As some of you may know, over the past year, ASEBP worked in partnership with Alberta Blue Cross on their first-ever Wellness Summit. I’m grateful I was part of the team that created such an incredible event because seeing it come to life was truly a career highlight. The intention behind The Wellness Summit was to create a space for people passionate about healthy workplace culture to connect—more fully to themselves, each other and new ideas—with the ultimate goal of building workplaces where everyone thrives. As I reflect on the day, the insights and learnings continue to come. There are so many things I want to share! I’ve narrowed it down to a few top takeaways that I hope you’ll also find informative and inspiring.
Permission to Dream
Lance Secretan shared many fresh perspectives on business practices related to well-being; however, something that resonated deeply for me was shifting from mission statements to defining a common dream. A dream is about what we want to do and a strategy is about doing everything you can to make that happen. Dreams are inspiring, lighting something within us that helps unify people around a common purpose. Lance’s advice: find simple ways to say powerful things. How might your experience change if you were working toward fulfilling a dream?
Move Hearts and Metrics will Follow
Ryan Picarella spoke about wellness as the essence of business, which is fundamental to all areas of human resources and organizational performance. He hit home that people and wellness aren’t separate and the true value on investment in wellness is the investment in your most valuable resource: your people. The more you cultivate trust and respect, the more collaboration becomes seamless and leads to creating environments where everyone thrives and is inspired to contribute. We don’t question the value of being well within our lives, so why is it a question of value in the workplace?
A thread throughout the day and across a panel of experts was around the power of communication. Healthy cultures are built through authentic conversations and listening with compassion. Creating a common language and space for vulnerable conversations can be useful to integrate psychological safety in the workplace. When we listen to understand and allow people to show up as their whole self, we foster empathy and create opportunities to learn from one another. Providing the necessary training and support so managers and supervisors can make this a priority is invaluable. How can you encourage others to bring their whole self to work?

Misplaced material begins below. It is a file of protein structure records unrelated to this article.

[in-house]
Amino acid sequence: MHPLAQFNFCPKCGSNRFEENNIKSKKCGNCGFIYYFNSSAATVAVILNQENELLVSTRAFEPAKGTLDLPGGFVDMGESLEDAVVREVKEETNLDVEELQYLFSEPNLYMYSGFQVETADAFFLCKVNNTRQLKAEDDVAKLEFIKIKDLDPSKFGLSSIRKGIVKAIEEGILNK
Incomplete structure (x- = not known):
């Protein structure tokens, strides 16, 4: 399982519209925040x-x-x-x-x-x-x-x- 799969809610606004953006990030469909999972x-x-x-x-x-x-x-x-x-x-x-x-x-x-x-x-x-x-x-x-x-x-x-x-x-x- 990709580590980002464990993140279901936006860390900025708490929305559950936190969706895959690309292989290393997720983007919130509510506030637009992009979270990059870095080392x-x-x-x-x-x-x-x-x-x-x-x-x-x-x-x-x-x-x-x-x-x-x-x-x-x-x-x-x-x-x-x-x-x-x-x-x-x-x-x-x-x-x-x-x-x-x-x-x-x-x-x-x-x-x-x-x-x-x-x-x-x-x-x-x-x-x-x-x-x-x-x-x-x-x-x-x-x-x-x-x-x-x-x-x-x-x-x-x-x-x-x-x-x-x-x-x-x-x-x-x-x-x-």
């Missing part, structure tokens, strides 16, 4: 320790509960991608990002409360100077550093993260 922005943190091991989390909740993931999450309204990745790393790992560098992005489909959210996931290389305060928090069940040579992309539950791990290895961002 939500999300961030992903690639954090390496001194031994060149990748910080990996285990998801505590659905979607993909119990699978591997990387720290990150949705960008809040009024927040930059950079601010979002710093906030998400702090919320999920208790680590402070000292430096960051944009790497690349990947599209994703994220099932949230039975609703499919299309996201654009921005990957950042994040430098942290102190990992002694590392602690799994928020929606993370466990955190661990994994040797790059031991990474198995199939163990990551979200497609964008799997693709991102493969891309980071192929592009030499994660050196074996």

Prioritize your ‘To Be’ List
Drew Dudley encouraged us all to embody leadership and to define the things we want to define us. In defining our values, we can then lead with intention to create opportunities to live our values authentically every day. Although we may not be in control of our environment, we’re always in control of who we are and how we behave. Who is the person that you want to be?
It’s All Connected
Perhaps what I love most is that these ideas are all connected. A focus or shift in any one of these insights will inherently create a ripple effect across the board. And better still, they’re all primarily free! At the core, these ideas speak to beliefs and ways we behave versus adding more programs or creating new policies. It’s about how we show up to do our work, be in healthy relationships with each other and create opportunities to come together around shared inspiration. Fundamentally, it comes down to a key principle one of my mentors exudes—“Above all else, be a good human,” and that’s something we are all capable of.
For those that were able to attend, I hope you’ll share your highlights, insights and ‘a-ha’ moments so that the inspiration and learnings of the day can live on and be shared with all our colleagues. Let’s make connection happen here!